EnergySolutions' challenges to Gov. Gary Herbert became the fulcrum of policy changes for the state Division of Radiation Control, which had to wrangle with new rules governing the disposal of large quantities of depleted uranium and the issue of storing so-called "blended waste."

Herbert made clear to the company and national regulators he didn't want any more of the rail shipments here until proper analysis has been made, wresting a concession out of the Department of Energy to hold off on any more shipments to Utah. Depleted uranium, while classified as the type of low-level radioactive waste the company can accept, gets more radioactive over time.

Public lands

And finally, while Interior Secretary Ken Salazar is known for his signature "white hat," he is regarded as anything but a hero by Utah's conservative lawmakers and rural county leaders, who say his dramatic shift in land management policies undercuts local decisions and thwarts resource development.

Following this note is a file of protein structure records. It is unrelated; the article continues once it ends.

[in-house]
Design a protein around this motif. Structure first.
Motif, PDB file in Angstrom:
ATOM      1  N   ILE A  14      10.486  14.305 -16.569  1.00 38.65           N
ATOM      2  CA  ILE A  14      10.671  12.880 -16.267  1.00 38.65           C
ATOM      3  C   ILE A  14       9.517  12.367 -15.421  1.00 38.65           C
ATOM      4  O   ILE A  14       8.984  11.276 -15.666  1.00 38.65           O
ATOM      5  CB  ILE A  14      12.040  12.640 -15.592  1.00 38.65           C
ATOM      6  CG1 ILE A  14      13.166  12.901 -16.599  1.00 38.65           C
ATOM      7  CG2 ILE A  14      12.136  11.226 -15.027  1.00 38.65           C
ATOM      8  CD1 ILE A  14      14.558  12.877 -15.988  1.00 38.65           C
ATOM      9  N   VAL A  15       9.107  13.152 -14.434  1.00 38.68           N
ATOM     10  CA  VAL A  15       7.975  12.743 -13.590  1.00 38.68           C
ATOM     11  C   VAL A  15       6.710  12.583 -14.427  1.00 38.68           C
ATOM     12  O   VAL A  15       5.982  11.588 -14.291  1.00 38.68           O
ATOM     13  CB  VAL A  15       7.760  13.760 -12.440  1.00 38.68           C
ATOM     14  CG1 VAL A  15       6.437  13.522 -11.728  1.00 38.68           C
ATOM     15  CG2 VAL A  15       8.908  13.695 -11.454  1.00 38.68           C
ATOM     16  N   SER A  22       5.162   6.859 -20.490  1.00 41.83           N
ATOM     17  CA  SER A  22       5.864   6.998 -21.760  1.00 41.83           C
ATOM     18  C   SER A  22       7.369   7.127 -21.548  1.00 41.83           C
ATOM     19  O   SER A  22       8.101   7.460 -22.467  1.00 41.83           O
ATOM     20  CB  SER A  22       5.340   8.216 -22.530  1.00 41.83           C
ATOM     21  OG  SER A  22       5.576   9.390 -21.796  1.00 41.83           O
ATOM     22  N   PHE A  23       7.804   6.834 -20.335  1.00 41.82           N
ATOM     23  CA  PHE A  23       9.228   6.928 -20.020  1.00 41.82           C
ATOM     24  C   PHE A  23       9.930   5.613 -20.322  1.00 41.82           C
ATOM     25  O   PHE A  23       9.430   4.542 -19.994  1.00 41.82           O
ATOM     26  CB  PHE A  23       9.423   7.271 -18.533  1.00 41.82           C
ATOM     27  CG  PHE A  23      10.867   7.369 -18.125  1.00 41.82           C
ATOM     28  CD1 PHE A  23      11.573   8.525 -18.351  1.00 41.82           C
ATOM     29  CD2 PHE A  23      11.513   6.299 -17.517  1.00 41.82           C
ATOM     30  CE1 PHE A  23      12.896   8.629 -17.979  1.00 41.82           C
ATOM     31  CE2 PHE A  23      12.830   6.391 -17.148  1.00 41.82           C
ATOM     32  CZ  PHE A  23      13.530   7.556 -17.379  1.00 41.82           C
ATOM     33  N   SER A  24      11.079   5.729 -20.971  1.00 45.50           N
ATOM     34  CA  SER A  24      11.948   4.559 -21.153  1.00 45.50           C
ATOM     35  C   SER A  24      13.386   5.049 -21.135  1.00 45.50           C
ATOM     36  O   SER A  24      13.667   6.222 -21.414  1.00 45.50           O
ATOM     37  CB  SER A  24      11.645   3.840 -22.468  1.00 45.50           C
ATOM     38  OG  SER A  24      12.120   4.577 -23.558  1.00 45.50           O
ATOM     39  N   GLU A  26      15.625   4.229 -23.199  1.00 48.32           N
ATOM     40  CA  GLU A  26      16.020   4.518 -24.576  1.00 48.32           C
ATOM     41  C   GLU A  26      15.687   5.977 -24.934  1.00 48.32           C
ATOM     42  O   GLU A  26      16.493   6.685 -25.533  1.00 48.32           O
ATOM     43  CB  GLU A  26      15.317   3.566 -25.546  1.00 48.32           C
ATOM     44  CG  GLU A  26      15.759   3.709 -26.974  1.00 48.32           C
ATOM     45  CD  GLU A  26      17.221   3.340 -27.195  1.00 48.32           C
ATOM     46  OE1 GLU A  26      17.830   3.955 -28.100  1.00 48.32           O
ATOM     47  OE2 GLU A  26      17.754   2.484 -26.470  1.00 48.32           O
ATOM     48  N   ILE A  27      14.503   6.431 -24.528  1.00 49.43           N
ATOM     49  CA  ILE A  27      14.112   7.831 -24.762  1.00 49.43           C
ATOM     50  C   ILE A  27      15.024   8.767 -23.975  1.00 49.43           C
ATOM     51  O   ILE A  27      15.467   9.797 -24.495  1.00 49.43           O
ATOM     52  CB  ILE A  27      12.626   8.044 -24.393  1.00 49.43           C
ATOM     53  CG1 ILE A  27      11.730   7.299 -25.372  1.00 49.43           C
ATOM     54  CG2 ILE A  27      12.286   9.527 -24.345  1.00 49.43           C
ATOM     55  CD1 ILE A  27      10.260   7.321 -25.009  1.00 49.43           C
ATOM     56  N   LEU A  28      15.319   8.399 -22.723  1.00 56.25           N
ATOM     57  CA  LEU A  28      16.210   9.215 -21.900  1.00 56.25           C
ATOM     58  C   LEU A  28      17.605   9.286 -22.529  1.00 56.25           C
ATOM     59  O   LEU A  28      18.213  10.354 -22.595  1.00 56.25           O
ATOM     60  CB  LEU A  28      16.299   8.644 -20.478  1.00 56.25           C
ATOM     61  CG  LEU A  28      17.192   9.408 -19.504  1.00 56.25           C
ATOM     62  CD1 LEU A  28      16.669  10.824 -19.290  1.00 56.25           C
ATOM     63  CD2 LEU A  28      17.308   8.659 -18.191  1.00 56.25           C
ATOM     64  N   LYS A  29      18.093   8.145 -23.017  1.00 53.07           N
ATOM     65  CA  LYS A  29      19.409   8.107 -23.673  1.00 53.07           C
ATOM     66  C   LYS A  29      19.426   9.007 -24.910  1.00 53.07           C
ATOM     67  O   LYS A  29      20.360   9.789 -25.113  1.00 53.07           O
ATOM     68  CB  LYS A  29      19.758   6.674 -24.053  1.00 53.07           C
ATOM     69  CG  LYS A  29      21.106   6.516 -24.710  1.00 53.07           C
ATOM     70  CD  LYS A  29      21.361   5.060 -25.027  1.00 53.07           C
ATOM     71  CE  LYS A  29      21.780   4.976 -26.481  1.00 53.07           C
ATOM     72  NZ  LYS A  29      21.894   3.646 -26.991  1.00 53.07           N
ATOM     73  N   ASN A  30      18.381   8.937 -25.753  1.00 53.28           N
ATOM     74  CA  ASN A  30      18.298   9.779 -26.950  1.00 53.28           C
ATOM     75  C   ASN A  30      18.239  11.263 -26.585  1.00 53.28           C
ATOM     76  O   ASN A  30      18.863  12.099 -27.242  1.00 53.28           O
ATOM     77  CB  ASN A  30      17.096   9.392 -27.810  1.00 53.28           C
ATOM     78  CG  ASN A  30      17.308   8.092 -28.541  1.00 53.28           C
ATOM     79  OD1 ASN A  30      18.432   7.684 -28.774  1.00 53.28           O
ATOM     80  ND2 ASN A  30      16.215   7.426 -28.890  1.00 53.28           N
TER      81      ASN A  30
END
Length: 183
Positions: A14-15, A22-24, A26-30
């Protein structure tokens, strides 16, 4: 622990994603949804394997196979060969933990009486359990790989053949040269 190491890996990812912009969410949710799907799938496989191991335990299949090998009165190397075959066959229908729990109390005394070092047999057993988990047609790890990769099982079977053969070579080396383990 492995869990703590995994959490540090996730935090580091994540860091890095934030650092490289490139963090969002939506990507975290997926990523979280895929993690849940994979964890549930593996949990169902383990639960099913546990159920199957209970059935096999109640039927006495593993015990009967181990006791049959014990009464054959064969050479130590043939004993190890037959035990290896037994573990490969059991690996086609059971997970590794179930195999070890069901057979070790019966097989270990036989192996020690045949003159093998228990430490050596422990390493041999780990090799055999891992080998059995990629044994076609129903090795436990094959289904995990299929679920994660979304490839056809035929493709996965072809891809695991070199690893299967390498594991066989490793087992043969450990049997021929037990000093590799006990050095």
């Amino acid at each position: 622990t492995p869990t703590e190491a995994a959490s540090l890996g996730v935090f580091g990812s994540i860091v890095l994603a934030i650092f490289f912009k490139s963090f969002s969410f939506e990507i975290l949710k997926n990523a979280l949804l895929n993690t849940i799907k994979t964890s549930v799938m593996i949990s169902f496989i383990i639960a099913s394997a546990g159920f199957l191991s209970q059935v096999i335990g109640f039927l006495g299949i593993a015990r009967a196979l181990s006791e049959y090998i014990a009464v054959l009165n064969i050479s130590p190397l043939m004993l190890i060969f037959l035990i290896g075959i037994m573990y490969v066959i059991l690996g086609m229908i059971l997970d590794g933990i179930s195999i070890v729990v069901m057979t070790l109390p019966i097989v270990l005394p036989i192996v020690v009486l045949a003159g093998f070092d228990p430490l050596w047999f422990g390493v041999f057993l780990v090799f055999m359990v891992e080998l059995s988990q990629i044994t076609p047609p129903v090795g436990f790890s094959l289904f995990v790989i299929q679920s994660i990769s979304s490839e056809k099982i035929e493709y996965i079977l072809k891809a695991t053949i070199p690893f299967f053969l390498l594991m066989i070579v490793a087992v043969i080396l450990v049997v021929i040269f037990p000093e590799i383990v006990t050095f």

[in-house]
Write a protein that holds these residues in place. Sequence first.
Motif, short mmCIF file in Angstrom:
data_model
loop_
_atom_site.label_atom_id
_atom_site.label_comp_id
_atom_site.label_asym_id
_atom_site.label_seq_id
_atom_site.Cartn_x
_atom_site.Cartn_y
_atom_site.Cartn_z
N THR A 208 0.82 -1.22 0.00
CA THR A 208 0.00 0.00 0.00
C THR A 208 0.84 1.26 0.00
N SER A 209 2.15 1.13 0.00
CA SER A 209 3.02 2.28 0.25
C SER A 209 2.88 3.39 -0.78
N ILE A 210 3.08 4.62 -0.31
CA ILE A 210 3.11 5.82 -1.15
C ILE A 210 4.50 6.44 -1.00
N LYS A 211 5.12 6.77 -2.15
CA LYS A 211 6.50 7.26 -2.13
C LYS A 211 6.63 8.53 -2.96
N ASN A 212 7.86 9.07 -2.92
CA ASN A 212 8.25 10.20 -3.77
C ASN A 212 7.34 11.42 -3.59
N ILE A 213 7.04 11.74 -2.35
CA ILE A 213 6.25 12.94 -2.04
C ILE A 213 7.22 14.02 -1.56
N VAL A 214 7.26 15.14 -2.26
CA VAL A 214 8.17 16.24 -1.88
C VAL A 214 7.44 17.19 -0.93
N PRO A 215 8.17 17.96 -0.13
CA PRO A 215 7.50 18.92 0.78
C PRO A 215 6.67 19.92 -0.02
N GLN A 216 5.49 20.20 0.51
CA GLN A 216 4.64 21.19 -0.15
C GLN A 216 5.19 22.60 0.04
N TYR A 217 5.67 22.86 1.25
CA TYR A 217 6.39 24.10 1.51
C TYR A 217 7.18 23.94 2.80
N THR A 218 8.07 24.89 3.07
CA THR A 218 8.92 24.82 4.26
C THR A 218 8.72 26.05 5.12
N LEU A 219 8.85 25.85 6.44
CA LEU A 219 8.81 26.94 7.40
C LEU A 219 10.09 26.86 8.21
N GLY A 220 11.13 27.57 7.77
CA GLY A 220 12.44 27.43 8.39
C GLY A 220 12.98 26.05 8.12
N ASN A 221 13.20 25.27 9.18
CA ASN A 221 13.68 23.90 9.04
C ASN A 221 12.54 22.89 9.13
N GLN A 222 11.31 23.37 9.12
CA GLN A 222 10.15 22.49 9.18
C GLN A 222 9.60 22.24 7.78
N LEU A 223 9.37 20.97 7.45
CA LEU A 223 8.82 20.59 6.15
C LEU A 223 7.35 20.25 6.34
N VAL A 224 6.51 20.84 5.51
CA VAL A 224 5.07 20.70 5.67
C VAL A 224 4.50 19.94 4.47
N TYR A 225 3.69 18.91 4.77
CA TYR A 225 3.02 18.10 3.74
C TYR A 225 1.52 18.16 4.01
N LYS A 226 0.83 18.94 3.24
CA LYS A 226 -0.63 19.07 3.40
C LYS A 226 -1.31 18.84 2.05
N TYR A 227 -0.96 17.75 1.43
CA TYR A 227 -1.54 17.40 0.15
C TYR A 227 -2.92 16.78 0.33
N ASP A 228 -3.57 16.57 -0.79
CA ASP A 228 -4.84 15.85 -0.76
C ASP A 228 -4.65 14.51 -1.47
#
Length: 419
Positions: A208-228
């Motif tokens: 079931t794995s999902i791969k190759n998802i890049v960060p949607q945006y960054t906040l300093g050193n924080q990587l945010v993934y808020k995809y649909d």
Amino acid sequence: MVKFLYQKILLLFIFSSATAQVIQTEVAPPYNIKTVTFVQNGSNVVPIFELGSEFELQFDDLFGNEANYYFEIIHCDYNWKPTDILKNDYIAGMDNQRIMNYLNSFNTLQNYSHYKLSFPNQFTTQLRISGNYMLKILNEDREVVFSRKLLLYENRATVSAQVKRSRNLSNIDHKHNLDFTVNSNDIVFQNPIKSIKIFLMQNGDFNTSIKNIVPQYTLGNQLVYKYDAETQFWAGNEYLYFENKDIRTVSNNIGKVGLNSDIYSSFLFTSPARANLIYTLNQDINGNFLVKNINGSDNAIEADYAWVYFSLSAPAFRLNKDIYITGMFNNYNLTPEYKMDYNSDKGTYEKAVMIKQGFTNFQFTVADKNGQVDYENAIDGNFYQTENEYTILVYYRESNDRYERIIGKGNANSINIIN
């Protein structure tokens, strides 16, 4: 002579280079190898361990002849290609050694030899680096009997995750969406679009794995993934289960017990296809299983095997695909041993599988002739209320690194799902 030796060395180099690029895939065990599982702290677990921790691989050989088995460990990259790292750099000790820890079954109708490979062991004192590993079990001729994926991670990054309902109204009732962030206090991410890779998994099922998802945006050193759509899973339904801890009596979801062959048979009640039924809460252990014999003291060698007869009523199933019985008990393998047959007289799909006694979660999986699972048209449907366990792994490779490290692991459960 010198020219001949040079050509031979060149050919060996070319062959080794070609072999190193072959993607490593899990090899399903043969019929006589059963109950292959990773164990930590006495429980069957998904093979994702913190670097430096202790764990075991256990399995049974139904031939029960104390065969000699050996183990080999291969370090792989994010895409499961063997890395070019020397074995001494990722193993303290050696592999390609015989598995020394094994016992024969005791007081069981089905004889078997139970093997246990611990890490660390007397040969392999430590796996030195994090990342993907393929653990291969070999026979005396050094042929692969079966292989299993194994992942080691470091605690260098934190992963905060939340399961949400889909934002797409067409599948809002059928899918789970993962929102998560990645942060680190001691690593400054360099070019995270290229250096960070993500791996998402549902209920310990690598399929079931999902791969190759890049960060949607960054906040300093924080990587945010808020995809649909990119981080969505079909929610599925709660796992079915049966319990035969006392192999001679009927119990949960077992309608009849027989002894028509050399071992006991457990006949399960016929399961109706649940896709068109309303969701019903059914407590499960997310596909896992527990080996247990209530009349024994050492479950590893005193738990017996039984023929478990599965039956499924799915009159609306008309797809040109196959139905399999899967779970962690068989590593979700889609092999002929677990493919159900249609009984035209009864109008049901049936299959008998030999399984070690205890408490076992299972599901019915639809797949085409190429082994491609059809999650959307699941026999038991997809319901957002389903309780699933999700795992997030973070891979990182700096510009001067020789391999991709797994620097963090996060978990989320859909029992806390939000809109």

The former Colorado senator made at least two high-profile visits to in Utah 2010, where in one meeting he assured locals that land use decisions were best made from the "ground up" with ample public input.

But rumors of two new monument designations in the state, in addition to last week's declaration that he was empowering the Bureau of Land Management to designate "wild lands," jeopardized the credibility of those assurances and raised the angst of Utah's leading politicians, including Herbert.

Salazar did give praise to what was hailed as a landmark and precedent-setting agreement between the BLM, environmentalists and a natural gas company officially penned in January. The agreement significantly scaled back the number of wells to be tapped in a culturally sensitive area on the West Tavaputts Plateau, where concerns over damage to more than 10,000 rock art panels led to strident opposition by archaeologists and environmentalists. 

Instead, the company agreed to modify its work plan to protect the panels, fund research and document of artifacts and help make improvements to the area to make Nine Mile Canyon's cultural treasures more accessible to the public.